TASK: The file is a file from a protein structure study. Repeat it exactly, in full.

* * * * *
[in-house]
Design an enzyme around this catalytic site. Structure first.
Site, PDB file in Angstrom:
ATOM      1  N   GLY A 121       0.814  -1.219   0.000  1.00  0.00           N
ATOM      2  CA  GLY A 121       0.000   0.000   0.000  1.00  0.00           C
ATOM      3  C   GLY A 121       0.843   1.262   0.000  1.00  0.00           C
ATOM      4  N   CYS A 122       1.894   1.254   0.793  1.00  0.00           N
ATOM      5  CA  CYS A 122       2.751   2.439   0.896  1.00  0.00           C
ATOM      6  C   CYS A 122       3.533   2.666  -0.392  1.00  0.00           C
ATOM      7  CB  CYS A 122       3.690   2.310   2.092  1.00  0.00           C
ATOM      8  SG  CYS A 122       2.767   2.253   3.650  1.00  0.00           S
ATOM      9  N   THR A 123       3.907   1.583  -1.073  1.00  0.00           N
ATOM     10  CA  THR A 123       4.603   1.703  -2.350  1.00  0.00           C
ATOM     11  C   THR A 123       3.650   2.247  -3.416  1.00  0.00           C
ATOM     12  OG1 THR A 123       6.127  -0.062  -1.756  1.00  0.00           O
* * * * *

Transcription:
[in-house]
Design an enzyme around this catalytic site. Structure first.
Site, PDB file in Angstrom:
ATOM      1  N   GLY A 121       0.814  -1.219   0.000  1.00  0.00           N
ATOM      2  CA  GLY A 121       0.000   0.000   0.000  1.00  0.00           C
ATOM      3  C   GLY A 121       0.843   1.262   0.000  1.00  0.00           C
ATOM      4  N   CYS A 122       1.894   1.254   0.793  1.00  0.00           N
ATOM      5  CA  CYS A 122       2.751   2.439   0.896  1.00  0.00           C
ATOM      6  C   CYS A 122       3.533   2.666  -0.392  1.00  0.00           C
ATOM      7  CB  CYS A 122       3.690   2.310   2.092  1.00  0.00           C
ATOM      8  SG  CYS A 122       2.767   2.253   3.650  1.00  0.00           S
ATOM      9  N   THR A 123       3.907   1.583  -1.073  1.00  0.00           N
ATOM     10  CA  THR A 123       4.603   1.703  -2.350  1.00  0.00           C
ATOM     11  C   THR A 123       3.650   2.247  -3.416  1.00  0.00           C
ATOM     12  OG1 THR A 123       6.127  -0.062  -1.756  1.00  0.00           O